Rail fares and ticketing are unnecessarily expensive and complicated - it's a mess that successive governments have ducked responsibility for sorting out. The Scottish government has now taken action, cutting fares and pledging to remove pricing anomalies. But will the same deal be extended to train users south of the border?
Rail fares and ticketing are unnecessarily expensive and complicated – it’s a mess that successive governments have ducked responsibility for sorting out. The Scottish government has now taken action, cutting fares and pledging to remove pricing anomalies. But will the same deal be extended to train users south of the border?
Last March, under pressure from Campaign for Better Transport, the UK government began consulting on a review of fares and ticketing. This included everything from the principles behind pricing and how we can spread the morning and evening rush, to practical steps to make buying tickets easier.
The promise was that it would set us on the path to simple and affordable rail travel. Since then all has been quiet. The findings of the review were due to be published next month but have been delayed until early summer. The department for transport is being tight-lipped over their content.
In the meantime, the Scottish government has taken action, announcing three measures which, if adopted across the board, would go some way to sorting out the current problems. Under the Scottish plans, commuter fares north of the border will go up by less than inflation when the new Scotrail franchise begins in 2015, off-peak fares will be frozen for 2014 and 2015, and the anomaly known as split ticketing will be ended.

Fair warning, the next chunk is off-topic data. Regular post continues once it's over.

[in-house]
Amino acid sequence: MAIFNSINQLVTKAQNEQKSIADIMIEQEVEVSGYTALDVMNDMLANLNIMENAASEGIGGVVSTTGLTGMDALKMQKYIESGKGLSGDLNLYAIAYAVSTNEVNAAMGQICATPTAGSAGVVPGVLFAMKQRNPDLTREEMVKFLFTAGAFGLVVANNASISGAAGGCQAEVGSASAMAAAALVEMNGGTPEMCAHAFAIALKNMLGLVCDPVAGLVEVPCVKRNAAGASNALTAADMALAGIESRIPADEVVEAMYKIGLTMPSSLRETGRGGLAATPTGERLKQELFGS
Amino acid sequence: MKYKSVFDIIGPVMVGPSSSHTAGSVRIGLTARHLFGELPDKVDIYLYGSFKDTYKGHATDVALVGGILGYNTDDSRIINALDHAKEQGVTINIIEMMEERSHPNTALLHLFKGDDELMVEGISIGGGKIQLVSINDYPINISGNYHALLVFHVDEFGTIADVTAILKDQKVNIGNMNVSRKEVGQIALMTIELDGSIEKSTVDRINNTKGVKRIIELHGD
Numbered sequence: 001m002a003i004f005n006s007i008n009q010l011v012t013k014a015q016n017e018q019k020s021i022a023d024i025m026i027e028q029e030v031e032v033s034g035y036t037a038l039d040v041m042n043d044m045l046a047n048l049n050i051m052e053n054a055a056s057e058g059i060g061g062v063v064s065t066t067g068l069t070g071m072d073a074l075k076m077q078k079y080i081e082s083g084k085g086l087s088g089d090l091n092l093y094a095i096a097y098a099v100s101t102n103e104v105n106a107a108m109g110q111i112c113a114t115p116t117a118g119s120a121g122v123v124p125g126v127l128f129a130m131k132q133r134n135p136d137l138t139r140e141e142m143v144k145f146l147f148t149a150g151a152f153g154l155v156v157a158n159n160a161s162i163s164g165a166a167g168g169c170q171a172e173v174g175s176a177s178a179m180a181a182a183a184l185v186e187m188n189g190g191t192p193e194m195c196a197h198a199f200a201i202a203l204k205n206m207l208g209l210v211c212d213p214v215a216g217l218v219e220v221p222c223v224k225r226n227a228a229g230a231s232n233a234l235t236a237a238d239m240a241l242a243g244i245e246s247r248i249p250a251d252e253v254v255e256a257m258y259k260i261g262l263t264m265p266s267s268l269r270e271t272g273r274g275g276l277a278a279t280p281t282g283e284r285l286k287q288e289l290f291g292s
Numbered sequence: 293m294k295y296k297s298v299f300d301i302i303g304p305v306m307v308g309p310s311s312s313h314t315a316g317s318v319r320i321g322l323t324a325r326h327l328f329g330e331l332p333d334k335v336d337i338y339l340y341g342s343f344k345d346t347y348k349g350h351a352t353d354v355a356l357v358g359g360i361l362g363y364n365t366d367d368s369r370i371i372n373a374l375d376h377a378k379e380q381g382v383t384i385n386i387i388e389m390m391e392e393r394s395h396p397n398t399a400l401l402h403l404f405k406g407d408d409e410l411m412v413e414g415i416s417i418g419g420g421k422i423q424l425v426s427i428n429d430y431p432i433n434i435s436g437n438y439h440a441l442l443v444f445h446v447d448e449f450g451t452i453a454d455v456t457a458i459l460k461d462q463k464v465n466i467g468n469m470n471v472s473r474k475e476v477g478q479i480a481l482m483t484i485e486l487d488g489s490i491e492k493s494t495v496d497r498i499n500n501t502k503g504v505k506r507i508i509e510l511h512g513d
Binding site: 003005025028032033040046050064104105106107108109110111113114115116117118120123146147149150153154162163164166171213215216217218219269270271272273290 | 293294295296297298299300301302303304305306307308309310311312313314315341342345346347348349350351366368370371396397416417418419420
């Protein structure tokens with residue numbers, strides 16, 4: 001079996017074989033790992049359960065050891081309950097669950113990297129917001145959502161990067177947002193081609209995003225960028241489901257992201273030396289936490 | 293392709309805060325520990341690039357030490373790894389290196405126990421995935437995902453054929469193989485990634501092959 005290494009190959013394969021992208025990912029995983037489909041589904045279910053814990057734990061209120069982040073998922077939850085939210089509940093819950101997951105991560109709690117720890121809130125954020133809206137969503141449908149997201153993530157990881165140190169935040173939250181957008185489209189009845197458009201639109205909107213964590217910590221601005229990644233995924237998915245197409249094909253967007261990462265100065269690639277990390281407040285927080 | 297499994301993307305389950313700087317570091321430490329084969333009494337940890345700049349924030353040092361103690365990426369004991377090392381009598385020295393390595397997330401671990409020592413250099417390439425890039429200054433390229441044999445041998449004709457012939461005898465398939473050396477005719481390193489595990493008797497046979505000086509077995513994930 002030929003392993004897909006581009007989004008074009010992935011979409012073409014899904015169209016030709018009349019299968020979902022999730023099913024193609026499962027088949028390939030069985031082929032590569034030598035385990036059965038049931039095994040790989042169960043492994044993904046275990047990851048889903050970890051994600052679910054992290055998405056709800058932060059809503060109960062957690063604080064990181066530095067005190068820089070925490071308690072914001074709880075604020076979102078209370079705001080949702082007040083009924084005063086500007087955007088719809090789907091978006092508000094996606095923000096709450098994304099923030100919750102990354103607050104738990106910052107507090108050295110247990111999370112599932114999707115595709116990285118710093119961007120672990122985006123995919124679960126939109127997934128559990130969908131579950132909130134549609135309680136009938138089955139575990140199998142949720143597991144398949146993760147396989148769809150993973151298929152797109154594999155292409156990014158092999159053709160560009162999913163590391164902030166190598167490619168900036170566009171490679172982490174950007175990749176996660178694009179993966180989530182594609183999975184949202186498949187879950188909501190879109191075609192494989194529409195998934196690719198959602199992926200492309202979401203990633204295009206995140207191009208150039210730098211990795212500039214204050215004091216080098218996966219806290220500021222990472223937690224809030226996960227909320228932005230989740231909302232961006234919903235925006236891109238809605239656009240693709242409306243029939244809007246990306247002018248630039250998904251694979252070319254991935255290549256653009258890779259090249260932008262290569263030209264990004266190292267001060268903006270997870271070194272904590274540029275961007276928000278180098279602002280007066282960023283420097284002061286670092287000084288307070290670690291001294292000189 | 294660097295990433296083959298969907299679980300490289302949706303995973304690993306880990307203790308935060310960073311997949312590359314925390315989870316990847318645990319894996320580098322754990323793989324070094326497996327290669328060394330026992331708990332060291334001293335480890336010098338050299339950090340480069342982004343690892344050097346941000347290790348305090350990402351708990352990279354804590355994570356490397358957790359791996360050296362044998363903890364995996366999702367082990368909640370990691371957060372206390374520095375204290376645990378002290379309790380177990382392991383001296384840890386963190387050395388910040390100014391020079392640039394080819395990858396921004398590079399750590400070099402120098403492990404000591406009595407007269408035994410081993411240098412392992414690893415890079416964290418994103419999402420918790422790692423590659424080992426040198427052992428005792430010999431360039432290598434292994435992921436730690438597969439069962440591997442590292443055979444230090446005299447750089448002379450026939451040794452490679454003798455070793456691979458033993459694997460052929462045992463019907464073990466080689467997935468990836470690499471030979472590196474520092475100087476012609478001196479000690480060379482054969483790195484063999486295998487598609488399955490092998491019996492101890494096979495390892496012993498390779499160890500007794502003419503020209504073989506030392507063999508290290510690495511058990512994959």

The legacy of a botched privatisation, split ticketing means it can be cheaper to buy two or more tickets covering different parts of your journey, rather than a single ticket for the whole thing. In practice, passengers undertaking the same journey at the same time can end up paying markedly different prices.
For example, a walk on single between London to Coventry costs £44.40. Singles from London Euston to Milton Keynes and then Milton Keynes to Coventry total £31.70, a saving of 29 per cent and with no need to change train. Prices on other routes would be up to 49 per cent cheaper if England and Wales adopted the Scottish pricing model. The Scots have also invested in reopening lines cut by Beeching, for example the Borders Rail line between Edinburgh and Galashiels.
Earlier this week, Campaign for Better Transport wrote to the transport minister demanding that he follow the Scottish lead. We are also calling on rail user to contact him setting out how freezing ticket prices and removing pricing anomalies would benefit them.
The number of franchises and extent of the network would make it more intricate to resolve such problems in England and Wales than in Scotland, but this is no excuse for inaction. We expect the government’s fares review to set out a route to simpler and more affordable train travel.
It’s time that passengers in England and Wales benefited from cheaper and simpler fares, not just those in Scotland.
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